An Unshakeable Peace: Radical Forgiveness that Points People to Jesus

 Photo by  Basket Streaming

For those of you who do not know about or follow sports, we have a professional basketball team here in New Orleans called the Pelicans.

Last year, the former head coach of the Pelicans, Monty William, lead the Pelicans to the playoffs only to be let go by the team after being overmatched by the Golden State Warriors, who would eventually go on to win NBA Championship. I loved Monty, but some didn’t like his coaching style. He soon found a new job with the Oklahoma City Thunder and became an assistant on their coaching staff.

On Tuesday night, February 9th Ingrid Williams, Monty’s Wife, was driving with three of her children on a 40 MPH street when a reckless driver, who was driving 92 MPH North, lost control and stuck Ingrid Williams including her three children in a Chevrolet Suburban going southbound head on. Mrs. Williams was taken to the hospital where she later died. The driver of the other vehicle died as well on impact. Players on both the Pelicans and Thunder were devastated with the news because apparently Ingrid was a mother figure to many players. Many people sent prayers to the Williams family and offered their condolences while many others, when asked about it on camera, broke down in tears over the news. How could the wife of an assistant coach have such an impact on the players? I think the answer is found in who Monty Williams claims to be. 

Ten days after her death, a service for Ingrid Williams was held. A video that has gone viral of her eulogy given by her husband has sent social media ablaze with words like “inspiring,” “powerful,” and the “world needs more people like Monty Williams.”

You can watch that video here.

The Gospel, Forgiveness, & Grace

 As I sat and watched a man who was burying his wife, he did not fail to weave the gospel into the message so obviously that many who don’t even agree with Christianity still agreed with the message of forgiveness and grace. Here are some examples of tweets and comments regarding Monty.

As much as I personally reject the notion of god and religion, I am quite proud to share the planet with Monty Williams. His strength and character are very admirable. Well done.”

”Although I am spiritual, I do not believe in the same god that this man does, he is such a good guy. I could only hope to be as strong as he has been in the face of something like this.”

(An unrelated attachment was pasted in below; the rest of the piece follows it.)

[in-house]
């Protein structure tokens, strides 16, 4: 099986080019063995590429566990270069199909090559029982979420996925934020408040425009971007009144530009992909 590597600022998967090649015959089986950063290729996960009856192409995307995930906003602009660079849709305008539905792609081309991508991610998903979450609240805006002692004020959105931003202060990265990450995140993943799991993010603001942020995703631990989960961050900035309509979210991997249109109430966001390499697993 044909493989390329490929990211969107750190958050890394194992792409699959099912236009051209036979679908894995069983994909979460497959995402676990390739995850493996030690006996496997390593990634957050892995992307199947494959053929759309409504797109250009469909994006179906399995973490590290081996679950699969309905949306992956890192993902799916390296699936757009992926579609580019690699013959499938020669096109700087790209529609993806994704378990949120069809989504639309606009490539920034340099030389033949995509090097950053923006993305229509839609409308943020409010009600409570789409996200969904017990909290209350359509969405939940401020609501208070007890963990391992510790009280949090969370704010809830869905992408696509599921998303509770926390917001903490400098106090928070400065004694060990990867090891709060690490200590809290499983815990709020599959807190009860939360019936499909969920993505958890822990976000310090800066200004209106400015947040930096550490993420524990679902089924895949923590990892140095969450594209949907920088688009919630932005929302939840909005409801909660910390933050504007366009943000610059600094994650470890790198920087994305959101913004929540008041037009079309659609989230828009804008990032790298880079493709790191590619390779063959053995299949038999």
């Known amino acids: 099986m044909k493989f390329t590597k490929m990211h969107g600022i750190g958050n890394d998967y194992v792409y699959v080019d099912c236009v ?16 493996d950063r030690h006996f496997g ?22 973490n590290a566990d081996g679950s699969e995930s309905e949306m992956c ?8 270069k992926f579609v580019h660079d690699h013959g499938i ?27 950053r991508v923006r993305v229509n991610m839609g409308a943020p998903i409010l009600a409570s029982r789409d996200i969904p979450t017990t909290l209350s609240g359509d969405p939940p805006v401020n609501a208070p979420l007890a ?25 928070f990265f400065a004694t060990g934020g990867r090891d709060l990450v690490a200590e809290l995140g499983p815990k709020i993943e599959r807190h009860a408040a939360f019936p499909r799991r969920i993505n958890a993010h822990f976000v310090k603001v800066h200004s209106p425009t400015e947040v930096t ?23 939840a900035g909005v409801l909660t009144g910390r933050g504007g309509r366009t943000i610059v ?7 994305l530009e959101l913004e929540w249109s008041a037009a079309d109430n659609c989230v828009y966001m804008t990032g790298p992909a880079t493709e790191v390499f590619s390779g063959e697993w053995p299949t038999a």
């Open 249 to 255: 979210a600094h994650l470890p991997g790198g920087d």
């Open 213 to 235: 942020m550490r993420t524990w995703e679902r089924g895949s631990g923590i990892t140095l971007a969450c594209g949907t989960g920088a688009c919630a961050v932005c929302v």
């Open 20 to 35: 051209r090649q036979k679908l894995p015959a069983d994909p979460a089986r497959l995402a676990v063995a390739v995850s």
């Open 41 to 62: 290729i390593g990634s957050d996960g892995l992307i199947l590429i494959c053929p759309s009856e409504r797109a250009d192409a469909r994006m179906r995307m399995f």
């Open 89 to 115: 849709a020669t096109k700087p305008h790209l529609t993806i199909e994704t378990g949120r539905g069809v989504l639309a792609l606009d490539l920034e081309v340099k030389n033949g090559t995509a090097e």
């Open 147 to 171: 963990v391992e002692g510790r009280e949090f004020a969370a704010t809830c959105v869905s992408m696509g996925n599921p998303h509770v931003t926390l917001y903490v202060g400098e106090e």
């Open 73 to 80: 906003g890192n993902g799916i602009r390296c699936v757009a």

”I do not share Monty Williams’s unshakable faith but I respect it and am somewhat envious of it.

Did you hear that? A lost man without Jesus openly admitted that he is envious of what Monty has. Church, can I submit this notion to you?  The gospel you possess is exactly what the world is seeking; they just don’t know it (Romans 1:21-23). One reason they don’t know it is because someone hasn’t clearly and lovingly told them who Jesus is and explained forgiveness in a gospel-centered presentation (Romans 10:14-21). 

Communicating Jesus to the World

The other reason is that their sin-sick hearts still willfully reject Jesus. Most people are so averse to hearing about Jesus because most of what they see of Christians is a “Political Jesus” who wants to legislate their morality. Can you imagine the different responses that would be trending on Twitter if Monty Williams said, “Gay people are worse than animals” like world-famous boxer Manny Pacquiao stated last week. Pacqiao wasn’t only verbally slandered, but he lost the endorsement of athletic sportswear superpower, Nike. Although Leviticus does group those sins with bestiality (Leviticus 20:10-27), one person (Monty Williams) opened hearts with a message of love and forgiveness, while one led with a graceless attack on the LGBT community. I think this is what Peter was hinting at when he said, 

Keep your conduct among the gentiles honorable, so that when (Not if) they speak against you as evildoers, they may see your good deeds and glorify God on the day of visitation
— 1 Peter 2:12

I would submit your “conduct” also includes how you communicate with a lost world. Jesus never attacked sinners without an offer of grace. He called them to repentance and told them to sin no more (John 8:10-11). We should be more known for what we are for rather than what we are against. Jesus wants their hearts first, then He will legislate their morality, not the other way around. 

Monty shows a different side of the Christian message and people are immediately drawn to it. Why? Because even in our justice seeking hearts, we know true love is in forgiveness (Matthew 26:47-54). The reason why people are drawn to this is because God has engrained in every person his image and to some extent his character (Genesis 1:26-27). People who don’t know Jesus are watching this asking themselves, “How can this man ask for prayers for the woman and her family who took his wife’s life?” His answer is “We cannot serve the Lord if we don’t have a heart of forgiveness.” See, to Monty, serving Jesus and glorifying him is more important than being angry at the circumstance and that confuses people who don’t see the trials of life as a “light and momentary affliction” (2 Corinthians 4:16-18).

Monty closes with “let us not lose sight of what’s important. God is important. What Christ did on the cross is important.” Even in the midst of loss and chaos may we echo Job as he cries out “Though he slay me, I will hope in Him” (Job 13:15).